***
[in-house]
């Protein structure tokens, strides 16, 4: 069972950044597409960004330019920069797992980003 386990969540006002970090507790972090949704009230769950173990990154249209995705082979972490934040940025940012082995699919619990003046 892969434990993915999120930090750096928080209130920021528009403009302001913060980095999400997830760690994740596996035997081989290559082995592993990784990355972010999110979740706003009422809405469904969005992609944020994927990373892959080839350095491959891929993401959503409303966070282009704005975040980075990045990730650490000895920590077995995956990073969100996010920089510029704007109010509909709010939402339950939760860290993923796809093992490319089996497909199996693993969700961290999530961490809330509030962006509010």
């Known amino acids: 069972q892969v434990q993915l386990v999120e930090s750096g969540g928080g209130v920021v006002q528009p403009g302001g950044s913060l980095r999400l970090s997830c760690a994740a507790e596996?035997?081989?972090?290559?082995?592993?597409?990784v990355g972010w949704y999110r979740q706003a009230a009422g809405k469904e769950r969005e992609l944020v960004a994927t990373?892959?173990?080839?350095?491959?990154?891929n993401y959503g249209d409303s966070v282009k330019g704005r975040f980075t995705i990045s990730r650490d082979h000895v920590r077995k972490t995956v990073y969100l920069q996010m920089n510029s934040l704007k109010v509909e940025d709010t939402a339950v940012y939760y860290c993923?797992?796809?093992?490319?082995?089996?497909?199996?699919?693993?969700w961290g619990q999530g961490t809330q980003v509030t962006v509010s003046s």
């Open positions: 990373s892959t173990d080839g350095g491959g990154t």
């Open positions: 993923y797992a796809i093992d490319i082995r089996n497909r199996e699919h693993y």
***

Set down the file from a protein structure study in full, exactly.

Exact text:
[in-house]
């Protein structure tokens, strides 16, 4: 069972950044597409960004330019920069797992980003 386990969540006002970090507790972090949704009230769950173990990154249209995705082979972490934040940025940012082995699919619990003046 892969434990993915999120930090750096928080209130920021528009403009302001913060980095999400997830760690994740596996035997081989290559082995592993990784990355972010999110979740706003009422809405469904969005992609944020994927990373892959080839350095491959891929993401959503409303966070282009704005975040980075990045990730650490000895920590077995995956990073969100996010920089510029704007109010509909709010939402339950939760860290993923796809093992490319089996497909199996693993969700961290999530961490809330509030962006509010």
């Known amino acids: 069972q892969v434990q993915l386990v999120e930090s750096g969540g928080g209130v920021v006002q528009p403009g302001g950044s913060l980095r999400l970090s997830c760690a994740a507790e596996?035997?081989?972090?290559?082995?592993?597409?990784v990355g972010w949704y999110r979740q706003a009230a009422g809405k469904e769950r969005e992609l944020v960004a994927t990373?892959?173990?080839?350095?491959?990154?891929n993401y959503g249209d409303s966070v282009k330019g704005r975040f980075t995705i990045s990730r650490d082979h000895v920590r077995k972490t995956v990073y969100l920069q996010m920089n510029s934040l704007k109010v509909e940025d709010t939402a339950v940012y939760y860290c993923?797992?796809?093992?490319?082995?089996?497909?199996?699919?693993?969700w961290g619990q999530g961490t809330q980003v509030t962006v509010s003046s």
């Open positions: 990373s892959t173990d080839g350095g491959g990154t």
């Open positions: 993923y797992a796809i093992d490319i082995r089996n497909r199996e699919h693993y």